Home Page of Portfolio for Promotion to Full Professor
Yanick Rice Lamb has received accolades for her hard work, dedication and willingness to serve. Her involvement in the Cathy Hughes School of Communications has increased each year. She does so much more that goes undocumented on campus, in the community and for media organizations. Here, she visits students at Scott High School in Toledo, Ohio.
Yanick leads a lively forum on black women and power with Johnson Publishing executives Linda Johnson Rice and Desiree Rogers at the Executive Leadership Council Women’s Leadership Summit in Minneapolis. ELC invited her to return for its main event after a successful Fireside Chat between Yanick and Dr. Julianne Malveaux, then president of Bennett College, the previous year in Chicago.
Committed to enhancing her skills and knowledge base, Yanick Rice Lamb regular participates in webinars, workshops and conferences such as the American Magazine Conference (left). Her courses and research benefit as she learns about best practices and interacts with other academics and industry leaders.
Yanick Rice Lamb
Yanick Rice Lamb’s mission is to give voice to the voiceless and share the gift of knowledge through the written word. An award-winning journalist and author, Yanick shares her expertise at Howard University, where she is an associate professor and chair of the Department of Media, Journalism and Film. She teaches multimedia reporting, interactive editing and magazine writing. She is also adviser to 101 Magazine and the Howard University News Service. Her research focuses on the impact of social media and technology, media management and diversity. It has been featured in publications such as the Journal of Magazine and New Media Research and Asia-Pacific Media Educator.
In addition to teaching, Yanick is a media consultant and co-founder of FierceforBlackWomen.com. Her work has also appeared in The New York Times Magazine, Essence, Parenting, Ebony, The History Channel Magazine, TheRoot.com, BlackAmericaWeb.com and thegrio.com.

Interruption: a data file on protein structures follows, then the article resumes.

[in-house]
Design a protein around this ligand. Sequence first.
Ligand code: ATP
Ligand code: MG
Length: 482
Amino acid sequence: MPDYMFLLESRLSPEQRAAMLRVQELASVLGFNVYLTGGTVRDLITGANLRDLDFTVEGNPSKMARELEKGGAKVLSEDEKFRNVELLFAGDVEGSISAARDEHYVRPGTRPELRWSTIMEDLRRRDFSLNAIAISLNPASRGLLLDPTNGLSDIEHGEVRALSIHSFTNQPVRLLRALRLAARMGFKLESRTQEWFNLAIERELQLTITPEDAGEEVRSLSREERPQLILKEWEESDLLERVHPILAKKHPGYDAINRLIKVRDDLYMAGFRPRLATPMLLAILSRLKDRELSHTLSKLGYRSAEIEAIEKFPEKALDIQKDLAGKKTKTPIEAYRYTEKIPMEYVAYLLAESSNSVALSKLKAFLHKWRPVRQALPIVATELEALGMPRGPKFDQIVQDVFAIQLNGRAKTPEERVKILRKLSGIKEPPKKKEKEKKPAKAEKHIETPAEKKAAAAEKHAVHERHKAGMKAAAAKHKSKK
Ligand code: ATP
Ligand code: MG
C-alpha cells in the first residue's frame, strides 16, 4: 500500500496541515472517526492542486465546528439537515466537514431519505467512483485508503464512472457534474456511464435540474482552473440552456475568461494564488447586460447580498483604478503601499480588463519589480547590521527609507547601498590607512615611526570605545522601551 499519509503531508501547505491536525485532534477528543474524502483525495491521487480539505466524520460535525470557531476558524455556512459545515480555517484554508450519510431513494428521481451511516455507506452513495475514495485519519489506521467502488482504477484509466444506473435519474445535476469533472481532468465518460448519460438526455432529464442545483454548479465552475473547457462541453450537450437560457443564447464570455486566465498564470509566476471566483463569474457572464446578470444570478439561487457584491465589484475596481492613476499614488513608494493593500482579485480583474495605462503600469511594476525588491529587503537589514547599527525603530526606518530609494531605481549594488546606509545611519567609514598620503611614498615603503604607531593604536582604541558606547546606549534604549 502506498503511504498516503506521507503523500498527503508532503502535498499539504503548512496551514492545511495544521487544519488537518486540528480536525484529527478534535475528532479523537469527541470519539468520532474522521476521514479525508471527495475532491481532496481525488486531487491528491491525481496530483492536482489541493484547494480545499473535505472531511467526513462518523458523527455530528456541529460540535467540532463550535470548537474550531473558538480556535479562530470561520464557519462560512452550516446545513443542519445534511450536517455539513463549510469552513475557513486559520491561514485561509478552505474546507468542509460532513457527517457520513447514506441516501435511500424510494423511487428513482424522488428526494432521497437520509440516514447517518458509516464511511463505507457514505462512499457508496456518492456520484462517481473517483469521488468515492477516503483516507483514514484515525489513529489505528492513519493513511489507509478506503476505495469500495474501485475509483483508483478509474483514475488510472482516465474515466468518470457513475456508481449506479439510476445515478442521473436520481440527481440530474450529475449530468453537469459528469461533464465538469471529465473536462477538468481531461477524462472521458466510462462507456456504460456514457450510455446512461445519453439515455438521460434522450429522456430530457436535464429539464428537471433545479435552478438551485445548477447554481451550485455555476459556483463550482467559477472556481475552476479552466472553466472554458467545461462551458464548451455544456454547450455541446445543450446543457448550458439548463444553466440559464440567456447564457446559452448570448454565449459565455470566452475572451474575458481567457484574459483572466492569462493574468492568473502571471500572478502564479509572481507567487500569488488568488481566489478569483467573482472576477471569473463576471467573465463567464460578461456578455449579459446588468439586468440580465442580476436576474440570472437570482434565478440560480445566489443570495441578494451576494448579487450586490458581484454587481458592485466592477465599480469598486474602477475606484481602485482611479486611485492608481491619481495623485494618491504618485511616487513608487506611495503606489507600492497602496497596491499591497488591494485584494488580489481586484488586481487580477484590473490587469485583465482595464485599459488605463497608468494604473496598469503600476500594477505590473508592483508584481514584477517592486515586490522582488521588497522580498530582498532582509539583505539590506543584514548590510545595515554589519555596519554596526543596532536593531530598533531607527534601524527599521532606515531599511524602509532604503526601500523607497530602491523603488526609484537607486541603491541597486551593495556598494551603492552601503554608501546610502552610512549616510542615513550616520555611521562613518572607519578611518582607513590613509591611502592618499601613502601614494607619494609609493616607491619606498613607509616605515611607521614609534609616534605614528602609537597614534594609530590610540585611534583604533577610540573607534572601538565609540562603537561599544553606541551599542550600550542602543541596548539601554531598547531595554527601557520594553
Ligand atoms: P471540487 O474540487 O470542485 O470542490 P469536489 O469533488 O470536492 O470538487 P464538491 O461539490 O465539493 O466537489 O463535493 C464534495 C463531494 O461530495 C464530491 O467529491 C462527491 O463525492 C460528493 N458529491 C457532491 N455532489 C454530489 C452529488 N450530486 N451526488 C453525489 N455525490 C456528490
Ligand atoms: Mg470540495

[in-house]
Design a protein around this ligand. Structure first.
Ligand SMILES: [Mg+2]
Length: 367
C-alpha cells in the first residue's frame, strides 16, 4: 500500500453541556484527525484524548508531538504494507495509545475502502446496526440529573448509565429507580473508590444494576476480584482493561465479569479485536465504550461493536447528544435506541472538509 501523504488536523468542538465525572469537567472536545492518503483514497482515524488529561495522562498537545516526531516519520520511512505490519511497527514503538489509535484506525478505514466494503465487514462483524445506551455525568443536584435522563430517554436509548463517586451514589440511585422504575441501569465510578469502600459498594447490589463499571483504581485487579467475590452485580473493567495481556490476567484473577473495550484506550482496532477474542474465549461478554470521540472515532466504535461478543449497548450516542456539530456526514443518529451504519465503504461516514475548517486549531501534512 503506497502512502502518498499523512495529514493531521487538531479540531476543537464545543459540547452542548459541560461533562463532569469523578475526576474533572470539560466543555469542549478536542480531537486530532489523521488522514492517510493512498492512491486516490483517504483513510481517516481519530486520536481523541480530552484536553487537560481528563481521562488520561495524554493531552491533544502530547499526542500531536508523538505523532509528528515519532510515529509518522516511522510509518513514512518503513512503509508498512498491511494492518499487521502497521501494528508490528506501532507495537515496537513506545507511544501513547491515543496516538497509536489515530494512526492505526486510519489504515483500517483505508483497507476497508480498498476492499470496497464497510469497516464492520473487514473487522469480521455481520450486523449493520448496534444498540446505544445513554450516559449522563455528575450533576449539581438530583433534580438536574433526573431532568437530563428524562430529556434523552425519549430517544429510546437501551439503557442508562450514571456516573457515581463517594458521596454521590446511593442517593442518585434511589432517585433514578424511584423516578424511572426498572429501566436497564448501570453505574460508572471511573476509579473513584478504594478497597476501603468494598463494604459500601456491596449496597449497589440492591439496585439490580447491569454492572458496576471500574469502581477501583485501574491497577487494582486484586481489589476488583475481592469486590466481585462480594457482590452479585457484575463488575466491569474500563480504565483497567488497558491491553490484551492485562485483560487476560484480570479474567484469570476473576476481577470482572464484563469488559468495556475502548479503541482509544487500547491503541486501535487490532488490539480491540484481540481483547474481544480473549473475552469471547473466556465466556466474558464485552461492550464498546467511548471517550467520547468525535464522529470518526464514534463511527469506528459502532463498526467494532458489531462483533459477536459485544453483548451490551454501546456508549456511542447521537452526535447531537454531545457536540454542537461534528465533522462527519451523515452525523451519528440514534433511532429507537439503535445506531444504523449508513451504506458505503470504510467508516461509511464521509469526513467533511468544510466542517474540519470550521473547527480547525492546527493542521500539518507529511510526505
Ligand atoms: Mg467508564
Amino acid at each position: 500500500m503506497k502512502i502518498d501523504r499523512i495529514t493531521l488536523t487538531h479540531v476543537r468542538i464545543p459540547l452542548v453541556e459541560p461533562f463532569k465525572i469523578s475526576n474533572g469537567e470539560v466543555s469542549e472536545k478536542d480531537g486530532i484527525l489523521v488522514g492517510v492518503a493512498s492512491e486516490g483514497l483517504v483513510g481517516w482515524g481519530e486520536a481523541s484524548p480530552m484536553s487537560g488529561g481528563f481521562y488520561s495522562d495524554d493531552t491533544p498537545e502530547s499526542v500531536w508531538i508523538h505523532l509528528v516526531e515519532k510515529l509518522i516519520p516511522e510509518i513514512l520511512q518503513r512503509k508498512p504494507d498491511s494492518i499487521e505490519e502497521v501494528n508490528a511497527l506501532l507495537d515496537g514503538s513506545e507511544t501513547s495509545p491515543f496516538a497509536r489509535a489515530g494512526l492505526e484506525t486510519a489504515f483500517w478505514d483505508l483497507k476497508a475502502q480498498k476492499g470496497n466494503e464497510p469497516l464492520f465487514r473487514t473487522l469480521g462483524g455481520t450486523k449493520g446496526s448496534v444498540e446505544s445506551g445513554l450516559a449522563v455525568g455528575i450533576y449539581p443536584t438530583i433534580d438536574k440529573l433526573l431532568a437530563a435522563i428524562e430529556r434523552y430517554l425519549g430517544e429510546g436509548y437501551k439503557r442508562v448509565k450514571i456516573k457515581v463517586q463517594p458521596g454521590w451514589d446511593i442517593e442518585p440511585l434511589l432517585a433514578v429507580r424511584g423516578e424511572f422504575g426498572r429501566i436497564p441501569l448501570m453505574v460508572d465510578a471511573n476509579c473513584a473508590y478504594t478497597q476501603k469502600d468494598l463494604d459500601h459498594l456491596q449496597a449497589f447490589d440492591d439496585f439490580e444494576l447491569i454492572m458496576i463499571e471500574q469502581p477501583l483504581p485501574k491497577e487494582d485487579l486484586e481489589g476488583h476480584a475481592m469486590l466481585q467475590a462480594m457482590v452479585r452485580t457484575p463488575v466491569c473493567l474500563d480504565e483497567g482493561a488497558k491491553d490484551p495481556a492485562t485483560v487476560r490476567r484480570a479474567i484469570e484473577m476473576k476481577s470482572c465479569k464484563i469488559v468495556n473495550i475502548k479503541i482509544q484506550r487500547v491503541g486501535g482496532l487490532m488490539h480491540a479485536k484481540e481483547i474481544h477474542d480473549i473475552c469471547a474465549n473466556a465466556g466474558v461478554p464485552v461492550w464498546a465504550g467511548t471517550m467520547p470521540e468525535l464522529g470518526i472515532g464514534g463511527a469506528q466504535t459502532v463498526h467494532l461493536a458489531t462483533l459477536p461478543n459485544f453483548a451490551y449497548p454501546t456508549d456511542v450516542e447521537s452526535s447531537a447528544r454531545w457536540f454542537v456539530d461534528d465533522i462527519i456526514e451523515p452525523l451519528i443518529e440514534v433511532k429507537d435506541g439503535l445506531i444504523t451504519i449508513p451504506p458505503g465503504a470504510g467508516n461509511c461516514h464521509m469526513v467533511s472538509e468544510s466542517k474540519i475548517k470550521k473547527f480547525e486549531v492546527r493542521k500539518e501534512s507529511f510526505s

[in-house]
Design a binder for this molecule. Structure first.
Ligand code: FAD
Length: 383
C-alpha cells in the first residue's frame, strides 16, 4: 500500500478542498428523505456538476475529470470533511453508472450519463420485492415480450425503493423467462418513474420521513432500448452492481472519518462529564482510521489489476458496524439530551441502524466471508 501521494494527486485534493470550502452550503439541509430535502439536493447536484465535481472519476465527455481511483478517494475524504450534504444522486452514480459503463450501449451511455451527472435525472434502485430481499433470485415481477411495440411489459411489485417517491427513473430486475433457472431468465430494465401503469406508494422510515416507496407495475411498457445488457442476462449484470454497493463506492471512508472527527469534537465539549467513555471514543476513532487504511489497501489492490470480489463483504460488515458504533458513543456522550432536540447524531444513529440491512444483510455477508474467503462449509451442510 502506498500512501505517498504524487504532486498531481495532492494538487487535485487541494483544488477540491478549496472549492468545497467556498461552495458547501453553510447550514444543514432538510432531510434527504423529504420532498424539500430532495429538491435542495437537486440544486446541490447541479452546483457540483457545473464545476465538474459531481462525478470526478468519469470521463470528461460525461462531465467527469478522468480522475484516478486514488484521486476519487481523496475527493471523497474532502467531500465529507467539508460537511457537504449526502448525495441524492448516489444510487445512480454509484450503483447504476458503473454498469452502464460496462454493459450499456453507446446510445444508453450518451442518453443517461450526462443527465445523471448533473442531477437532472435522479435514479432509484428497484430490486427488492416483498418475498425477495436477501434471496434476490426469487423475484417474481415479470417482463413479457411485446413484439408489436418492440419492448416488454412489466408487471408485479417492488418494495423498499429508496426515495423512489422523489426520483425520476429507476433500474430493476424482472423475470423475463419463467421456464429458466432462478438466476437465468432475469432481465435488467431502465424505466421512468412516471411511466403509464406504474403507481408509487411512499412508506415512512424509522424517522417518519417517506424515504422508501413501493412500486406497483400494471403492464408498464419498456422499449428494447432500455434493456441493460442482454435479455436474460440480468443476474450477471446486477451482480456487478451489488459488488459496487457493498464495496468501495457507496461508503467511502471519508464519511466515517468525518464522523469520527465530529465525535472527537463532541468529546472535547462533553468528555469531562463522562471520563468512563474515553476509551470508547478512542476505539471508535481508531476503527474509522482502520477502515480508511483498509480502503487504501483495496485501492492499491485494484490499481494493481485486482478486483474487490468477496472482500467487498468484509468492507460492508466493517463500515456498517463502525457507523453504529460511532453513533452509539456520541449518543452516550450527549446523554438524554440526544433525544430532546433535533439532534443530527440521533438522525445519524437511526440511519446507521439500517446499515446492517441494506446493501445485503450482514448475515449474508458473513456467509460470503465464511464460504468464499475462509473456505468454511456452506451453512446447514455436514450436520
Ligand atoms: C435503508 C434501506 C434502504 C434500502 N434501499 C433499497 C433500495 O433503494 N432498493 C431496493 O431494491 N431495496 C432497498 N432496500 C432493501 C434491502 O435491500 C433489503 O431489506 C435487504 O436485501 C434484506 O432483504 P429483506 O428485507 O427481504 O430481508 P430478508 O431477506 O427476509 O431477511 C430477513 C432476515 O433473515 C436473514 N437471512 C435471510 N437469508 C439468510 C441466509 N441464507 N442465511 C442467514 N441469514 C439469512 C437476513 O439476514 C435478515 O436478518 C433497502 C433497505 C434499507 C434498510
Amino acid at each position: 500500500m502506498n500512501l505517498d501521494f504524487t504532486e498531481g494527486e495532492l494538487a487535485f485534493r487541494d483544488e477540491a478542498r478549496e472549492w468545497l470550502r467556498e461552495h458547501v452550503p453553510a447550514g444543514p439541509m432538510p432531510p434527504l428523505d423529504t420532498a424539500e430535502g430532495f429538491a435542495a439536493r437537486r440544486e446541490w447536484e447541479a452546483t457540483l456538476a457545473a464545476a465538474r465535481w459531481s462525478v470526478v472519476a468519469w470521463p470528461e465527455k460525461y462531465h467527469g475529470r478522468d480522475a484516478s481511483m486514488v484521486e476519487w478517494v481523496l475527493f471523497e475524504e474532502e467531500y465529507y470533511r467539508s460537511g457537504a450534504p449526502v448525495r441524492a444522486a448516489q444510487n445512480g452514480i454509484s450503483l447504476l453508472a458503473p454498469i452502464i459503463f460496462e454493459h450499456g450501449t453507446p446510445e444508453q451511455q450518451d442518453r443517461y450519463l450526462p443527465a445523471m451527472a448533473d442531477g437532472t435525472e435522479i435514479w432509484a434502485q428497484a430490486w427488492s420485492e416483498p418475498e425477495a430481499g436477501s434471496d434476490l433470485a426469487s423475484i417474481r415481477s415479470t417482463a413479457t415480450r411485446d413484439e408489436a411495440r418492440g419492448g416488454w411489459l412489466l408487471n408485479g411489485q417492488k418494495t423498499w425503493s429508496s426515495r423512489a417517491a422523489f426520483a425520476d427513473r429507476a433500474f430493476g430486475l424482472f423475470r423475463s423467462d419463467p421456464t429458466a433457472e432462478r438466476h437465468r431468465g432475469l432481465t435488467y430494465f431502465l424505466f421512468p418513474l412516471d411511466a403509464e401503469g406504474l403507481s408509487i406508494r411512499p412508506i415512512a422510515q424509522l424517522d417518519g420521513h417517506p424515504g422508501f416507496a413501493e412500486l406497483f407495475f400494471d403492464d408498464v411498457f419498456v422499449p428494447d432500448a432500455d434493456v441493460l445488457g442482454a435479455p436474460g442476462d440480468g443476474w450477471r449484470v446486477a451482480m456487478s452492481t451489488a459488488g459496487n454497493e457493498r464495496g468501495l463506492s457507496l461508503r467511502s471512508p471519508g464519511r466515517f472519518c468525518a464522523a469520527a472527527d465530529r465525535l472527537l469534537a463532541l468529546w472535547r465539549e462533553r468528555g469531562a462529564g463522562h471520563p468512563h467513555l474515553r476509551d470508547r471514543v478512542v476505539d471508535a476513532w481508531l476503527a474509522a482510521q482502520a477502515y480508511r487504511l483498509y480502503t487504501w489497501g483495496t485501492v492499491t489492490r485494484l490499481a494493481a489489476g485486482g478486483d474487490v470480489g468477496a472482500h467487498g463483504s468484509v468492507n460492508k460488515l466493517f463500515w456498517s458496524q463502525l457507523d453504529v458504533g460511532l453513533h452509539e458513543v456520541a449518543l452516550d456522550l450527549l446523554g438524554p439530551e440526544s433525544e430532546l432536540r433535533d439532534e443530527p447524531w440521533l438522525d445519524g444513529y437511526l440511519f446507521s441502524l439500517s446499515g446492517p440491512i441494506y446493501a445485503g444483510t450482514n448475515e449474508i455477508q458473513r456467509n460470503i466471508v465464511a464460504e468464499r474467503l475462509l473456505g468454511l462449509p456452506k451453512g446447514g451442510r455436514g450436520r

Through an Association of Health Care Journalists fellowship, she spent a year investigating long-term care of the uninsured for the article “Stuck in the Hospital.” She also wrote “Dealing With Dementia” as a John A. Hartford/MetLife Foundation Journalism in Aging & Health Fellow. Her roles with Heart & Soul magazine have included editor-in-chief, editorial director, associate publisher and vice president under three owners. As founding editor of BET Weekend, her editorial vision led to the magazine becoming the second-largest publication for African Americans. Under her leadership, the magazine’s circulation increased nearly 40 percent, from 800,000 to 1.3 million in three years.
She spent a decade at the New York Times as assistant style editor, deputy home and living editor, assistant editor of Connecticut Weekly, metropolitan copy editor and layout editor on the news desk. She was also senior editor at Child magazine, copy editor at The Atlanta Journal-Constitution, reporter at The Toledo Blade, editor-at-large at Essence magazine and contributing editor for Emerge. Her clients at Miyan Communications Group have included The Magazine Group, BET, Essence, Heart & Soul, Afro-American Newspapers, the Fort Greene News, and authors Cheryl Martin and the late Ron Walters.